Approximation algorithms and the hardness of approximation (11w5117)

Arriving in Banff, Alberta Sunday, November 27 and departing Friday December 2, 2011

Organizers

(University of Illinois, Urbana-Champaign)

(University of Waterloo)

(Carnegie Mellon University)

(University of Alberta)

(Cornell University)

Description

The Banff International Research Station will host the "Approximation algorithms and the hardness of approximation" workshop from November 27th to December 2nd, 2011.




Many optimization problems that arise in the sciences, engineering, and business are computationally difficult; by this we mean that that there are no known procedures to solve these problems efficiently on all inputs. Moreover, it is widely believed that no such efficient procedures exist for many of these problems.
A canonical example of such a problem is the Travelling Salesperson Problem (TSP) in which a salesperson needs to find a tour visiting every city in a given list of cities while minimizing the total distance travelled. A fruitful approach that has been followed for more than three decades is to focus on approximation algorithms. These are heuristics that guaranteed to run fast and also, for each input, give a bound on the quality of the output solution when compared to that of the best solution for that input.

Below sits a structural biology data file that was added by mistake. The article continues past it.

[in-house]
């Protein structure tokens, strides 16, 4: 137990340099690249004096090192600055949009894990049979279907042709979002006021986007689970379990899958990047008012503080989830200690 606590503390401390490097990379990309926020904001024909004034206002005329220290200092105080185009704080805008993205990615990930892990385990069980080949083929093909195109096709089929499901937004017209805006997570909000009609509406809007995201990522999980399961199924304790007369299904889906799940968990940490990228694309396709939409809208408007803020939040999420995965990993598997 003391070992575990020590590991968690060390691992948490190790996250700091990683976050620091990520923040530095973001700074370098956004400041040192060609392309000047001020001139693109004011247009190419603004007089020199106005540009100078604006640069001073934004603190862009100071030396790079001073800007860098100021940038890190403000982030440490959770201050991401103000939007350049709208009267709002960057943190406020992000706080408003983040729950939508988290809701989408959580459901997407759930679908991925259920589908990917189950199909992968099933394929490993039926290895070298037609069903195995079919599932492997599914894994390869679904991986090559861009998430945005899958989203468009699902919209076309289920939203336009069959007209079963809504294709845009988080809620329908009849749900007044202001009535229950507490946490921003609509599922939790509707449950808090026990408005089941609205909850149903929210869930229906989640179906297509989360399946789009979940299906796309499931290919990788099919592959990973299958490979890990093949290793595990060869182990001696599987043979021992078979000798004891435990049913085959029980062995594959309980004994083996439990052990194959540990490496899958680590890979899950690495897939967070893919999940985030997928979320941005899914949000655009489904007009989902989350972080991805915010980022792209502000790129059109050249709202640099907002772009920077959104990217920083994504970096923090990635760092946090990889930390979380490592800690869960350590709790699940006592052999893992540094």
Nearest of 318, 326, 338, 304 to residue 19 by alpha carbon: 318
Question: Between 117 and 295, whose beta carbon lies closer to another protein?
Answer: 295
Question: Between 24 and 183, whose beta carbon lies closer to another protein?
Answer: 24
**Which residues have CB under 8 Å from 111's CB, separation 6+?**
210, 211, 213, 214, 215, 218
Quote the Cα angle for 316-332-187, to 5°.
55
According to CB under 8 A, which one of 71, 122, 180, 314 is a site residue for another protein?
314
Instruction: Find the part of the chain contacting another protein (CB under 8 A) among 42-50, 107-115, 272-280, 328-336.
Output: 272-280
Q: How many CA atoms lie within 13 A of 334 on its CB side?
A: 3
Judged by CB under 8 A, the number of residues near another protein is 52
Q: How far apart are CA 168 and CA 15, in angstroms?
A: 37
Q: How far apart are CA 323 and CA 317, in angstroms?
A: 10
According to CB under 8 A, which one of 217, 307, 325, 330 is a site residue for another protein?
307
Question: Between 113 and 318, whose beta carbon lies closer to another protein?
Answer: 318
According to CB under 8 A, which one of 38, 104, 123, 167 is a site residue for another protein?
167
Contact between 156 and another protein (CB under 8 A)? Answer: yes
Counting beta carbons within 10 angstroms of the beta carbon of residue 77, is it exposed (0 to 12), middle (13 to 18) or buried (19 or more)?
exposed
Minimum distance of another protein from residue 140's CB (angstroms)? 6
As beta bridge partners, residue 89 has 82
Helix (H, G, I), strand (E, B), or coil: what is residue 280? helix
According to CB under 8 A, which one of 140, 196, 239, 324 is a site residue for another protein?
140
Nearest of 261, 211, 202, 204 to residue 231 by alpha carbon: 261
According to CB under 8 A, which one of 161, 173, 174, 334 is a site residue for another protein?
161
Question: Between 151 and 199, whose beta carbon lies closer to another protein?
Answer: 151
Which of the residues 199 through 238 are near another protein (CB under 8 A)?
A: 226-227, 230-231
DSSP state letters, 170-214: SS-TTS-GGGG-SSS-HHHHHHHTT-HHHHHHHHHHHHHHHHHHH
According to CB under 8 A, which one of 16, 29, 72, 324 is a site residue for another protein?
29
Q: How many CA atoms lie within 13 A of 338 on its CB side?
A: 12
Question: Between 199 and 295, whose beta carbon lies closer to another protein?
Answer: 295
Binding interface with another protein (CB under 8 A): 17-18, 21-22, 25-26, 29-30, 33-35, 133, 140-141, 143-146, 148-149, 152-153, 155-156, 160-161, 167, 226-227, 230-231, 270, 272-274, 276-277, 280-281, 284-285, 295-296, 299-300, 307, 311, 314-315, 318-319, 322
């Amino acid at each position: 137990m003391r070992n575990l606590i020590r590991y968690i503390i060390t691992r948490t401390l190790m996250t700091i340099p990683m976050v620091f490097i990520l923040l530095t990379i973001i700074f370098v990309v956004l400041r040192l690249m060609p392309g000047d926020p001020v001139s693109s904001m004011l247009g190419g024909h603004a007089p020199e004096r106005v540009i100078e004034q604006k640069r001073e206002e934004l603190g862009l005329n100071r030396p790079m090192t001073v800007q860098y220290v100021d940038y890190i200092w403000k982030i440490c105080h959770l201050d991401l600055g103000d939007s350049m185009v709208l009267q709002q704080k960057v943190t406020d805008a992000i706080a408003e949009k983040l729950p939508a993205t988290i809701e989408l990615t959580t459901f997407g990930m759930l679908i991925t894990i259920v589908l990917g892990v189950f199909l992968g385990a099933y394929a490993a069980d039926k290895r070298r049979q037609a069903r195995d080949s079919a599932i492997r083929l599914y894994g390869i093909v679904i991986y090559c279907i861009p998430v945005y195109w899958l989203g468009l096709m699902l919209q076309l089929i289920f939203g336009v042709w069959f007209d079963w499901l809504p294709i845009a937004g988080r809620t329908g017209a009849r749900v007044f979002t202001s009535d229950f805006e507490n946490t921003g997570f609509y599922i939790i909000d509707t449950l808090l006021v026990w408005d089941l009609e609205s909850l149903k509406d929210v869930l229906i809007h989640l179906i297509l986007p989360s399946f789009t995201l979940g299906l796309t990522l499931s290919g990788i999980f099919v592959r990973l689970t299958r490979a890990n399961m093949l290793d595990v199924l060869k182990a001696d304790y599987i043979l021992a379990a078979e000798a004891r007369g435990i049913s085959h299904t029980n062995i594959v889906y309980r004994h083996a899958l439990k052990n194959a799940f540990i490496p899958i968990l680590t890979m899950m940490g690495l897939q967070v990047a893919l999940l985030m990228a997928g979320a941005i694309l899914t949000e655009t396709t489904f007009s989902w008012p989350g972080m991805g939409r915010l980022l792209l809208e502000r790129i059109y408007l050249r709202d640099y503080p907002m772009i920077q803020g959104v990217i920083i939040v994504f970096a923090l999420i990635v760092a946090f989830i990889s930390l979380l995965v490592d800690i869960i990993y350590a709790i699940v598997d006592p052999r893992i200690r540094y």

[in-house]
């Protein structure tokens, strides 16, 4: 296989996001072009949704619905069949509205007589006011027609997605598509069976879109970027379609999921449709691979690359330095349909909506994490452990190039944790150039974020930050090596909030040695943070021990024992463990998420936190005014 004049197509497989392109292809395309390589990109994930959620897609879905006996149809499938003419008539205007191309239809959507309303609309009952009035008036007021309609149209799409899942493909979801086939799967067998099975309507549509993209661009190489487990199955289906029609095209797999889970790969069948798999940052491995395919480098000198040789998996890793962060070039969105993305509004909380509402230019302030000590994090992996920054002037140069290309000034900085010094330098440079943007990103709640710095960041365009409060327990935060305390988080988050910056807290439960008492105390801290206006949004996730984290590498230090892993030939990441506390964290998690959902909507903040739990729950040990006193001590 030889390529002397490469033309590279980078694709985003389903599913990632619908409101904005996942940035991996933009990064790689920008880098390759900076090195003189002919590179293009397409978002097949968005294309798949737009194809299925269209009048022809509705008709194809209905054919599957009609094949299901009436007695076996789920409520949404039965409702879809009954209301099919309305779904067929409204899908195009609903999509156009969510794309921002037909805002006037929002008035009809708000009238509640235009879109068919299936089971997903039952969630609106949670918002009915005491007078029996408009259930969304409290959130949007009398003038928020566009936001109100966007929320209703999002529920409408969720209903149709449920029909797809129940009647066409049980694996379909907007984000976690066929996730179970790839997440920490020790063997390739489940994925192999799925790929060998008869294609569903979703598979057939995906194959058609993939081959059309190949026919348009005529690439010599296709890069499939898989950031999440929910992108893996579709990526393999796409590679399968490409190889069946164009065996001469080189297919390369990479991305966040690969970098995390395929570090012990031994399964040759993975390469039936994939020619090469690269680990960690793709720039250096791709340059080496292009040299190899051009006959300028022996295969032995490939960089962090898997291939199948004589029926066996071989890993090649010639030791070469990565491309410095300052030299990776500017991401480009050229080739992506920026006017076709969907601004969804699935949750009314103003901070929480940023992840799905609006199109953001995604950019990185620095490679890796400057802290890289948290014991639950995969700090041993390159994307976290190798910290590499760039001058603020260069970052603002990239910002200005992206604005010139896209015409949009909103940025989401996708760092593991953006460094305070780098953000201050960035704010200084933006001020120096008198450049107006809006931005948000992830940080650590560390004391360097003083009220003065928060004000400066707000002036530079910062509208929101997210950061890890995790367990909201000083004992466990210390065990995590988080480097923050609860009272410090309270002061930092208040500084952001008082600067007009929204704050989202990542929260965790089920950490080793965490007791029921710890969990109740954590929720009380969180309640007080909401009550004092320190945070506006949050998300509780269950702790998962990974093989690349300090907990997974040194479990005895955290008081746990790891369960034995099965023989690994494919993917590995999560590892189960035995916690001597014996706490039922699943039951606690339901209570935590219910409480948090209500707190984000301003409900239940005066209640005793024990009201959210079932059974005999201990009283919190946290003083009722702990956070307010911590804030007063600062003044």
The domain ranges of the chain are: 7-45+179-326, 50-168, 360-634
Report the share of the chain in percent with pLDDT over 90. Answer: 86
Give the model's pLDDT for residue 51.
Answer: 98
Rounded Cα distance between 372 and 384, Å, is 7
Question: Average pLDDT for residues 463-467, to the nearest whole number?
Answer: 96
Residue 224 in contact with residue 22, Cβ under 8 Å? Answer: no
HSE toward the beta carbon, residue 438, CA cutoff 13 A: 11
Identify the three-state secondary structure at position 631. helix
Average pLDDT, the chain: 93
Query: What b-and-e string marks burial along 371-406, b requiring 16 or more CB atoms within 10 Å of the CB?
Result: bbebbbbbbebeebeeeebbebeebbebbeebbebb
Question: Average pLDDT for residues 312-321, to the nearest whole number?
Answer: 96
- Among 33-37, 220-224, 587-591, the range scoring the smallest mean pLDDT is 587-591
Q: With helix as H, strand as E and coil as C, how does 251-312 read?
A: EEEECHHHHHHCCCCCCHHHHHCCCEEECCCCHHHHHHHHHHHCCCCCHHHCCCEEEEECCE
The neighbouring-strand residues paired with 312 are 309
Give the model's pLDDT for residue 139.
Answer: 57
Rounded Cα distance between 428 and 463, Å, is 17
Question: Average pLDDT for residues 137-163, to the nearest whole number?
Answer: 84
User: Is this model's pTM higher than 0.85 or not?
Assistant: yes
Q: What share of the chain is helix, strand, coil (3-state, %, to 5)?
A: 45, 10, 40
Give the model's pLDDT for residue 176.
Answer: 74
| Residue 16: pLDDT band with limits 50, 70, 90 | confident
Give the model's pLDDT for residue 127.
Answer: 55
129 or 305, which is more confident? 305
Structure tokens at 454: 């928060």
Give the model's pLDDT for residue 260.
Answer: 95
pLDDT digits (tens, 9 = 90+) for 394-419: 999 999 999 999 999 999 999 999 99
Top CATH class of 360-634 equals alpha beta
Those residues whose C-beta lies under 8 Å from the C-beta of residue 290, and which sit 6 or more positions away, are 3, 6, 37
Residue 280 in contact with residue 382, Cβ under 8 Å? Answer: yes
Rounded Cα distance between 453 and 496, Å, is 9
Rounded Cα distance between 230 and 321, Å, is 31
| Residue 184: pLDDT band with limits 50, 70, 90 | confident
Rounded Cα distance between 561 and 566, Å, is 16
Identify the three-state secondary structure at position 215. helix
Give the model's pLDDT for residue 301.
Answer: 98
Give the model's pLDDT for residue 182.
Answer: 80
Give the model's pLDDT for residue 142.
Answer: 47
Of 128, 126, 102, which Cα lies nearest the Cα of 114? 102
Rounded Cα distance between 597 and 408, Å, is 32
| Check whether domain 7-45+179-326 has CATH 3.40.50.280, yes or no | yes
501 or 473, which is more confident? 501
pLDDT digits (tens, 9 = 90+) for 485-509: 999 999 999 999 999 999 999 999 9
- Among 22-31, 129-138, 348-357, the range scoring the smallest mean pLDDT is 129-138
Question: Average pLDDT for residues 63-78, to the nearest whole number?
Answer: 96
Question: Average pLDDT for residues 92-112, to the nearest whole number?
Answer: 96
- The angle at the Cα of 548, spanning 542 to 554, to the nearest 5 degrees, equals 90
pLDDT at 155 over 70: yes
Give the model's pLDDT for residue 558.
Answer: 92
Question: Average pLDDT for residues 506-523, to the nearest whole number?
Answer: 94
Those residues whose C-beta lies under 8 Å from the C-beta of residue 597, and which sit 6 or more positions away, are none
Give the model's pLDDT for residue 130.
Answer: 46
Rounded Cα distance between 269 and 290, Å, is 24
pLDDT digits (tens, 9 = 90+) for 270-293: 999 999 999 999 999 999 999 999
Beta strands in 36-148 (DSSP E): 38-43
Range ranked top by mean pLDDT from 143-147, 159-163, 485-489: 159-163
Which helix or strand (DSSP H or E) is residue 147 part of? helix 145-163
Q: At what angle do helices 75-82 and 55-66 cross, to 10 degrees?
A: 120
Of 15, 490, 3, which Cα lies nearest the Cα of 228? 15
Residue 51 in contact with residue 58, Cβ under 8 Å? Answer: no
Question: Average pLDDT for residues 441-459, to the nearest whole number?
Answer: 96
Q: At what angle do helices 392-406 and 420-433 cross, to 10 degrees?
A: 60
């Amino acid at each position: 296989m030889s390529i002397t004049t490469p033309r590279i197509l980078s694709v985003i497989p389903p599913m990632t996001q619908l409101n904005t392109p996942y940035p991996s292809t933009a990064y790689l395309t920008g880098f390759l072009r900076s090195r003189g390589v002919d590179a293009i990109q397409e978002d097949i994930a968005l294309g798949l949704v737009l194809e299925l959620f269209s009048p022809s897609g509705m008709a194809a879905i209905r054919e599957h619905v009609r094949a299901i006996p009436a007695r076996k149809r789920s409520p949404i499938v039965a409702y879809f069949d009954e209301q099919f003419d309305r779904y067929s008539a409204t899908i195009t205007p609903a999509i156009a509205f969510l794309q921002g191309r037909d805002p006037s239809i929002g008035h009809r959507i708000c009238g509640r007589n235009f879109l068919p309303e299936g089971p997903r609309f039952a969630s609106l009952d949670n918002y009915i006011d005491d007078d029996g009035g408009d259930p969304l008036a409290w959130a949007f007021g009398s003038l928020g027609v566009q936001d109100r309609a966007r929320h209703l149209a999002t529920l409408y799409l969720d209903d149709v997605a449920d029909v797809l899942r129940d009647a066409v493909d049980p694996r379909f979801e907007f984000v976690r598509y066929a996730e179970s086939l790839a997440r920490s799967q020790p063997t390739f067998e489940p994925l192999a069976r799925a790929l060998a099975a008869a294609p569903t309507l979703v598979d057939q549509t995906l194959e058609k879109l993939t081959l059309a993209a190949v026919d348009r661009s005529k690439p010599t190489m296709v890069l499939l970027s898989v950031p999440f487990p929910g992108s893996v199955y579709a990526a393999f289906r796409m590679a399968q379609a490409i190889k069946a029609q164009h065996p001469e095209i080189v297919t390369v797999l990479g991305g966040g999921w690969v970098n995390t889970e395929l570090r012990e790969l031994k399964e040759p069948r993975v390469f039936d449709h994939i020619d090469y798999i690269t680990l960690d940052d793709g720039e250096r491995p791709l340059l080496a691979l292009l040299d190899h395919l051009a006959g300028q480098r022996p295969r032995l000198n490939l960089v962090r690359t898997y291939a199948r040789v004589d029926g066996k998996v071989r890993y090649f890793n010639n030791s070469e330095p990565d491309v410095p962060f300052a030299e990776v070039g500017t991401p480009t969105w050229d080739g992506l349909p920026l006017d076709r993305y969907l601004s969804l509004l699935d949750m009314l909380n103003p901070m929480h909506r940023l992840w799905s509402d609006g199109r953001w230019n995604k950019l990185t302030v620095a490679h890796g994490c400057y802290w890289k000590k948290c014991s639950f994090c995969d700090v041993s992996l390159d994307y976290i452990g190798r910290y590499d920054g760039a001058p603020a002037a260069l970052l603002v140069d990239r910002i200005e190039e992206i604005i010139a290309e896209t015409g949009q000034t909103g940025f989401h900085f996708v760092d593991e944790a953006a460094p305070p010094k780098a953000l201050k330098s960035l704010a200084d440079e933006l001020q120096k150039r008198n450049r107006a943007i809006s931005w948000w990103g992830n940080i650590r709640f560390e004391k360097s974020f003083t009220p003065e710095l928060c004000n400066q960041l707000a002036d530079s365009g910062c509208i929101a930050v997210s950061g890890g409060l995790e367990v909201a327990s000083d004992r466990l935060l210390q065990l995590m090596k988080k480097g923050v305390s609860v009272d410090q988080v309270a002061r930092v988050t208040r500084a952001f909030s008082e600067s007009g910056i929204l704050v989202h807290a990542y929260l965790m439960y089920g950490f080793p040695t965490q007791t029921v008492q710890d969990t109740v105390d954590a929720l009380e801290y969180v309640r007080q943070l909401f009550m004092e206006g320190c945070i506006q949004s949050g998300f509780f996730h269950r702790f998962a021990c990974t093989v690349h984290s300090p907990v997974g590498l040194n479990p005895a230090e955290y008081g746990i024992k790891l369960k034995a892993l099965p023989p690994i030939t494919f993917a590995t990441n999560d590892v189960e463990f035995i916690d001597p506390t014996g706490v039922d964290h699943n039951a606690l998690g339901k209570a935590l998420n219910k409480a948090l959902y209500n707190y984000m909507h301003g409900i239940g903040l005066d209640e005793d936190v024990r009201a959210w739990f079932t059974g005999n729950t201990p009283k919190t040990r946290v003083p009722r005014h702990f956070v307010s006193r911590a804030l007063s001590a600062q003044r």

In addition to the practical benefits of the heuristics that have been designed via approximation algorithms, there have been several other equally important benefits. Fundamental and important connections have been established between computer science, mathematics, engineering, economics and several other areas. As the field matures, the techniques and ideas have become much more sophisticated.
The workshop will help bring together leading as well as young researchers to discuss and exchange the recent tools and advances and tackle the major open problems.





The Banff International Research Station for Mathematical Innovation and Discovery (BIRS) is a collaborative Canada-US-Mexico venture that provides an environment for creative interaction as well as the exchange of ideas, knowledge, and methods within the Mathematical Sciences, with related disciplines and with industry. The research station is located at The Banff Centre in Alberta and is supported by Canada's Natural Science and Engineering Research Council (NSERC), the U.S. National Science Foundation (NSF), Alberta's Advanced Education and Technology, and Mexico's Consejo Nacional de Ciencia y Tecnología (CONACYT).